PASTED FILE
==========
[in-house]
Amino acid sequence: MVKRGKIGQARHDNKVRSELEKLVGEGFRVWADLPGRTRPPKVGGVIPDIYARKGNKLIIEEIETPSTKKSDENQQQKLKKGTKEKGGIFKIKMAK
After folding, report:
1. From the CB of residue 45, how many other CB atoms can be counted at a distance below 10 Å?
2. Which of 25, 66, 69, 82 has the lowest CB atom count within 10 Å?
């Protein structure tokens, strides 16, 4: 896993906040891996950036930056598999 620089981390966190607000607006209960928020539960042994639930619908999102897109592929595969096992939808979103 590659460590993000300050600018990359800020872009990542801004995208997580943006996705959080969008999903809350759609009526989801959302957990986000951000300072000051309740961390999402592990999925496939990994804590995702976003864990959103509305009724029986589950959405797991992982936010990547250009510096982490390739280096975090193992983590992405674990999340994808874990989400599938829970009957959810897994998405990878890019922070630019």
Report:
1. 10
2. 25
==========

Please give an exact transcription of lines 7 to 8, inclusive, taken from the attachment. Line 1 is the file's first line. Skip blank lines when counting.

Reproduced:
Report:
1. 10